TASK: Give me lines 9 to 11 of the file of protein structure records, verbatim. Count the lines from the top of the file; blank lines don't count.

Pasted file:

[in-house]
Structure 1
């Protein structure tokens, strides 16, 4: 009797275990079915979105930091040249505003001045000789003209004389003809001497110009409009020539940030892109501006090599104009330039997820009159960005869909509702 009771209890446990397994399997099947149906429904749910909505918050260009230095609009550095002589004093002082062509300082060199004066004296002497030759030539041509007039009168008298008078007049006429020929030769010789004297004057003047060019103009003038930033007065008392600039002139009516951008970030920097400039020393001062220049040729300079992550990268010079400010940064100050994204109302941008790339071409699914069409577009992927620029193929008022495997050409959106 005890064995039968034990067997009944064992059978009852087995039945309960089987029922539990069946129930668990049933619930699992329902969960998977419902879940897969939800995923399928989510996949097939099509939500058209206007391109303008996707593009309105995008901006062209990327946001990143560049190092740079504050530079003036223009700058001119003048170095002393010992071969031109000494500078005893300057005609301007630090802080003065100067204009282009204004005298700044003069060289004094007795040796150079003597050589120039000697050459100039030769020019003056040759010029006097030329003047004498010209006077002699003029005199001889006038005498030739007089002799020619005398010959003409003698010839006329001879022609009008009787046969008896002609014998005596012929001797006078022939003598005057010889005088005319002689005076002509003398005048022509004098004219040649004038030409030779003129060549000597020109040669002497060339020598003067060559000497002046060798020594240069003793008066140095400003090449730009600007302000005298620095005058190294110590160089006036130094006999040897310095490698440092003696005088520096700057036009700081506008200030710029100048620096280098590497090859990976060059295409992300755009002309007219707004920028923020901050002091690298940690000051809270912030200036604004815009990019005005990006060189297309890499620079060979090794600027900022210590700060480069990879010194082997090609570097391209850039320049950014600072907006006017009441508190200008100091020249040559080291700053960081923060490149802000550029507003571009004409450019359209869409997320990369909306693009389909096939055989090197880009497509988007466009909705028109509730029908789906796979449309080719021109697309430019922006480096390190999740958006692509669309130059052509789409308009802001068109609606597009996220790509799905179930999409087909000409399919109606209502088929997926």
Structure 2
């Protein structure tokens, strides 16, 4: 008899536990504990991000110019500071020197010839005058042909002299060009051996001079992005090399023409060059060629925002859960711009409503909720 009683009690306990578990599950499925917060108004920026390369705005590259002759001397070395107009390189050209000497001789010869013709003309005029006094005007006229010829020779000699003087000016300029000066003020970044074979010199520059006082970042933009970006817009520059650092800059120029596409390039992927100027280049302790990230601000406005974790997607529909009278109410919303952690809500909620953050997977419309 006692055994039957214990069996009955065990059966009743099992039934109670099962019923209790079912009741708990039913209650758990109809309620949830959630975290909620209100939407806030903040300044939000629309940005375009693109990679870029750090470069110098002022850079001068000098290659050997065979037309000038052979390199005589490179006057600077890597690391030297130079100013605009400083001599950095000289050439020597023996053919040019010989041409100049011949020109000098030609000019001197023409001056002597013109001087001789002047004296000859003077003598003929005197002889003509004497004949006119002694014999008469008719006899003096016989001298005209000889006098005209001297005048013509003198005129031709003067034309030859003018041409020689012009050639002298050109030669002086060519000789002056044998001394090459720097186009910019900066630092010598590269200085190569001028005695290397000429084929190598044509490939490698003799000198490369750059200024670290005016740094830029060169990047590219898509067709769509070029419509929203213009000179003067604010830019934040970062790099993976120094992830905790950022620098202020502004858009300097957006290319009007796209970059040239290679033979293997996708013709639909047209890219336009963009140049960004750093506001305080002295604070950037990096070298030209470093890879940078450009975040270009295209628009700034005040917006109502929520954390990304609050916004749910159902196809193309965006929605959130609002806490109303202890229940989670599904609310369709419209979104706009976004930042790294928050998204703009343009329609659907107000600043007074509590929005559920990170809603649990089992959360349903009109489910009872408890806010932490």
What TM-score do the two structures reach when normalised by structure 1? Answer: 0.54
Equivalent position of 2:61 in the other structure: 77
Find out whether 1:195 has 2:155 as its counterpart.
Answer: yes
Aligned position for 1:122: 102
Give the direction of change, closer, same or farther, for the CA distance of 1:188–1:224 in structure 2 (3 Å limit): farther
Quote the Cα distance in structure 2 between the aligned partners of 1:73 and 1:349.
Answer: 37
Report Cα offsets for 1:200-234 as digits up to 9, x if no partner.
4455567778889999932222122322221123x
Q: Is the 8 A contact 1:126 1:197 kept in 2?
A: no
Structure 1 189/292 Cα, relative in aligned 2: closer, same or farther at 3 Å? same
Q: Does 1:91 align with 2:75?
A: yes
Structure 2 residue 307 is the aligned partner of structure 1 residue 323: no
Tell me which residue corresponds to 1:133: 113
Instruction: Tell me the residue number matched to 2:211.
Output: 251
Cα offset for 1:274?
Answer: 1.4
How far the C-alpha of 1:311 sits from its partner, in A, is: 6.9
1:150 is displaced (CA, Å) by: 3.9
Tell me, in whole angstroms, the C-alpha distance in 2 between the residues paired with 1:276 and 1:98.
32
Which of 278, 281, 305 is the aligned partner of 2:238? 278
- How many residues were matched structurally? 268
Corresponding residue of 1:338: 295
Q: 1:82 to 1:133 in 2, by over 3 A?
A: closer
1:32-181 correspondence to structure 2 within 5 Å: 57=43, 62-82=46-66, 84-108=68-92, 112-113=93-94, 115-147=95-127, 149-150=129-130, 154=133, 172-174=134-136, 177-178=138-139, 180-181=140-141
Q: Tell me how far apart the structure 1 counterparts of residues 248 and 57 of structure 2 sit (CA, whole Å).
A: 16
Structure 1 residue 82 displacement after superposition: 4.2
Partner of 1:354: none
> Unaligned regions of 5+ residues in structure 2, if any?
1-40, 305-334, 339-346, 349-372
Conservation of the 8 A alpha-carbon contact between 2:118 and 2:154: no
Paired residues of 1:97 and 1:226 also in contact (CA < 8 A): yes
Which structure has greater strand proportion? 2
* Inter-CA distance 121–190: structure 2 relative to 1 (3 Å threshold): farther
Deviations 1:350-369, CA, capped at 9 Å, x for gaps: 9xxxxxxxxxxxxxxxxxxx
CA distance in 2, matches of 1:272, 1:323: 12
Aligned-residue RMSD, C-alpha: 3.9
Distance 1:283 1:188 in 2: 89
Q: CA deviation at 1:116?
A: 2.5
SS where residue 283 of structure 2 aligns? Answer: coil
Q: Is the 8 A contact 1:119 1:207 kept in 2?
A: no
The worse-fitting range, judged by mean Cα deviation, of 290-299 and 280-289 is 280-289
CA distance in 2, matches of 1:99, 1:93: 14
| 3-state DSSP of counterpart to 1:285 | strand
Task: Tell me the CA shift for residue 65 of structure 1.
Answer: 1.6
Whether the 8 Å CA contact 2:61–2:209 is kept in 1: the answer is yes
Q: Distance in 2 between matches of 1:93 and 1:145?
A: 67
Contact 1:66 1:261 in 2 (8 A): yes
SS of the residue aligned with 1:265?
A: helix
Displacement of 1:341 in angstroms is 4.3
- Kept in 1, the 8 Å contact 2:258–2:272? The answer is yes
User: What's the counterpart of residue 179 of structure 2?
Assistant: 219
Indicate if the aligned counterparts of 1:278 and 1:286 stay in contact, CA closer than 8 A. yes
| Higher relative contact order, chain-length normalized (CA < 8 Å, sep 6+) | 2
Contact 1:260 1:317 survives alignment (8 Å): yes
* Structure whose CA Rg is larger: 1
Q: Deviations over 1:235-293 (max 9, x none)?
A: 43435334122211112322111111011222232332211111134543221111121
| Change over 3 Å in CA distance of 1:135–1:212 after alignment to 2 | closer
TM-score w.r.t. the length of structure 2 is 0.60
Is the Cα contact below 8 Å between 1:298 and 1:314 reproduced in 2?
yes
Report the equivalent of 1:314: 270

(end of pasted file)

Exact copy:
Answer: yes
Aligned position for 1:122: 102
Give the direction of change, closer, same or farther, for the CA distance of 1:188–1:224 in structure 2 (3 Å limit): farther